Yet, such natural knowledge of the law cannot grasp the truth God who, by his will freely sends the cross. As Jesus says (Matt 10:29), “Are not two sparrows sold for a penny? And not one of them will fall to the ground apart from your Father.” This is not a far-removed god of fate who fixes things at random. Natural man might take refuge in the fact that bad things happen by accident. Then it is really no one’s fault, and he can just bear the common misery of man. It happens to everyone, so they say. Death is a part of life. Stuff happens.

But the Christian takes great comfort in knowing that God sends the cross. It does not happen by chance. And therefore, he does not comfort by chance. Death is not an accident, merely man’s existential problem. No, death is God’s punishment against sin. But just as death and suffering is no accident, neither is Christ’s death. Christ bore the wrath of God against sin (2 Cor 5:21; Is 53; Gal 3:13).

Another way the world tries to comfort itself with philosophy and the law is by giving moral advice. This might be good advice on the outside, but it cannot give the comfort the Christian cross gives. For example, such comforts tell you to keep your conscience clean from crime. Make sure you are not guilty of misbehavior when you are suffering. This is good advice, given even by St. Peter (1 Pet 4:15). So goes the old proverb Est aliquid magnis crimen abesse malis, “In great misfortune crime is something to be avoided.” And yet, this by itself cannot give comfort.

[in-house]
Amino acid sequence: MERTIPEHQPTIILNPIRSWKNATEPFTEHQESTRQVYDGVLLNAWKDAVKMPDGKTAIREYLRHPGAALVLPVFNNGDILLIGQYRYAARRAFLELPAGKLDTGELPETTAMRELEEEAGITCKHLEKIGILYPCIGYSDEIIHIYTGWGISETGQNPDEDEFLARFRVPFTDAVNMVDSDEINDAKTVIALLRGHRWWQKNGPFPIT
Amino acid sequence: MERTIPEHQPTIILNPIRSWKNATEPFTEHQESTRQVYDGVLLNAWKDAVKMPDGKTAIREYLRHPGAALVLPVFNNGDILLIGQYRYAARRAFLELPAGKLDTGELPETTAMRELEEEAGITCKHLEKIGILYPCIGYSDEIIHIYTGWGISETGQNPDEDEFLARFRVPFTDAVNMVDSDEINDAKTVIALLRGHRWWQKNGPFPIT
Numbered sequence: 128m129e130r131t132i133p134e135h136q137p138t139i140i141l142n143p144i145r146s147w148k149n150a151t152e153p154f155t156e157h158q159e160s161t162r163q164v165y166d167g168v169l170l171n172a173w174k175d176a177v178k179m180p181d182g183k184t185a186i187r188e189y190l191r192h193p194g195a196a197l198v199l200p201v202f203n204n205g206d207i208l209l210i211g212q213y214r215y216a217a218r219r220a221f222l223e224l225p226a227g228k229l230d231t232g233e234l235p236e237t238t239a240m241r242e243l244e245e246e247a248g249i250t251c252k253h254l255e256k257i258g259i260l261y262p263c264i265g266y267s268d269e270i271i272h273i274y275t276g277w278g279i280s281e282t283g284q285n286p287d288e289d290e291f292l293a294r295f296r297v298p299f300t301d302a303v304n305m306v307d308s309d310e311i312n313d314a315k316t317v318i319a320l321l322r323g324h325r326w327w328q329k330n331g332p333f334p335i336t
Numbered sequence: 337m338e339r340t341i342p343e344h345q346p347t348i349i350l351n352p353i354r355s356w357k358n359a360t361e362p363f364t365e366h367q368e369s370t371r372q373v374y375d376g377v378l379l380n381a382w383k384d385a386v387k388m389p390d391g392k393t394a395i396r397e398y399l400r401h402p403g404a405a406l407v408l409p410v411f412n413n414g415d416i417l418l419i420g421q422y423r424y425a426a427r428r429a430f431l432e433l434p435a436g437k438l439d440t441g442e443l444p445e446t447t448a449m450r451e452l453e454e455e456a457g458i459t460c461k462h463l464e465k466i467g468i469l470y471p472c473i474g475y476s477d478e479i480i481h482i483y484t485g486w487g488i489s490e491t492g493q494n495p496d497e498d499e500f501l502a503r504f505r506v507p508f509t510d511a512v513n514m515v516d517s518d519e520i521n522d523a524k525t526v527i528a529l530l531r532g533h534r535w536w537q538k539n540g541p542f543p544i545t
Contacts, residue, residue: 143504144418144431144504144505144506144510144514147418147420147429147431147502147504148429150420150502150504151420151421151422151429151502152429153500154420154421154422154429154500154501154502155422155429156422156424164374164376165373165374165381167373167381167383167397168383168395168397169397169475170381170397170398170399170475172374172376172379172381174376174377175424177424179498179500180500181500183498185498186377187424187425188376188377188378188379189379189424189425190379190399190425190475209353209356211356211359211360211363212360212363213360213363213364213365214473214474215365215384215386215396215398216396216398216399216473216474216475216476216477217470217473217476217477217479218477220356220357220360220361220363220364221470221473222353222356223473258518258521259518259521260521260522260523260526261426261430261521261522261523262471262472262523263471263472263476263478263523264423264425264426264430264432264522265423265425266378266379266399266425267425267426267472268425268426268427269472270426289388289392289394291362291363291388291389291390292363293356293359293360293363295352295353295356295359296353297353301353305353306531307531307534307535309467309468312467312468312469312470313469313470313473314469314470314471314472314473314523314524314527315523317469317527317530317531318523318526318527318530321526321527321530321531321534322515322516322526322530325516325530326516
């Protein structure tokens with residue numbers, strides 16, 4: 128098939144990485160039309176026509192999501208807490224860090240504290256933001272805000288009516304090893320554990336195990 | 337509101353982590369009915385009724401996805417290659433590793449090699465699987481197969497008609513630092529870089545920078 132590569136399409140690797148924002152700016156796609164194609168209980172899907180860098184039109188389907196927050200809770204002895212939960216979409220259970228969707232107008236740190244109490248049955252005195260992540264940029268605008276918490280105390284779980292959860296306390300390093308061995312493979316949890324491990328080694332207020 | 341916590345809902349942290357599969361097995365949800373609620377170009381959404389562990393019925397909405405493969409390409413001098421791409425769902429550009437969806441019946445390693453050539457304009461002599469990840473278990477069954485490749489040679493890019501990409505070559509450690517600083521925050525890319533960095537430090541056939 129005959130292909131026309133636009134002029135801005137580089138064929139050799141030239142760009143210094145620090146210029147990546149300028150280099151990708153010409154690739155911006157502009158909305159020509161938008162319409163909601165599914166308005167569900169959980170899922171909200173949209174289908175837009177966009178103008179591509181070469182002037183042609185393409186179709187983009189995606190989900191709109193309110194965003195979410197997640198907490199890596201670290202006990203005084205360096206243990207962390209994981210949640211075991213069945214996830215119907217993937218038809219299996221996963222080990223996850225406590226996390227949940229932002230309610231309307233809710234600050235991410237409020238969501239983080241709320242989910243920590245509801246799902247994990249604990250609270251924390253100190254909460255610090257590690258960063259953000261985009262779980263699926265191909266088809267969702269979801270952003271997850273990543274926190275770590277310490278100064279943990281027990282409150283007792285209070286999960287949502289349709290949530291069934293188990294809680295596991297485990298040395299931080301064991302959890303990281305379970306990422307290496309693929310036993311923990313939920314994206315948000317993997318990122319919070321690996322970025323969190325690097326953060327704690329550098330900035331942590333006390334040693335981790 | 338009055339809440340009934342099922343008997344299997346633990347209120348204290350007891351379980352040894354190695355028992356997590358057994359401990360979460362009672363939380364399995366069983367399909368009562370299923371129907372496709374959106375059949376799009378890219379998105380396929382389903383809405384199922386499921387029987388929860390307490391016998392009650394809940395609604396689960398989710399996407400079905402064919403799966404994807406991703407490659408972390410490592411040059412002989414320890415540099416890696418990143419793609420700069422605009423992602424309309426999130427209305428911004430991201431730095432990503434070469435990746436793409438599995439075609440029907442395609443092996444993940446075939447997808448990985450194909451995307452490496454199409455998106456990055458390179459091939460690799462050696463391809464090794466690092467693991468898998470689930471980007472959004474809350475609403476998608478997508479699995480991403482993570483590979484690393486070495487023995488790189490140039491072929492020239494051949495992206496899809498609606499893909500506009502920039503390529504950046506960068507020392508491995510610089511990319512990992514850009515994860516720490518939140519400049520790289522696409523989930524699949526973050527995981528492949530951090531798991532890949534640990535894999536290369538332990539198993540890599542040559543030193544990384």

The Christian knows that even when he is suffering for doing good, he still needs to be comforted in his conscience. This is why St. Peter does not simply quote the old philosopher’s proverb, but he says, “Suffer as a Christian.” That is, suffer as one who is in Christ and whose sins are forgiven. The Christian cross gives comfort because it is united to the cross of Christ which alone cleanses our consciences from dead works to serve the living God (Heb 9:14).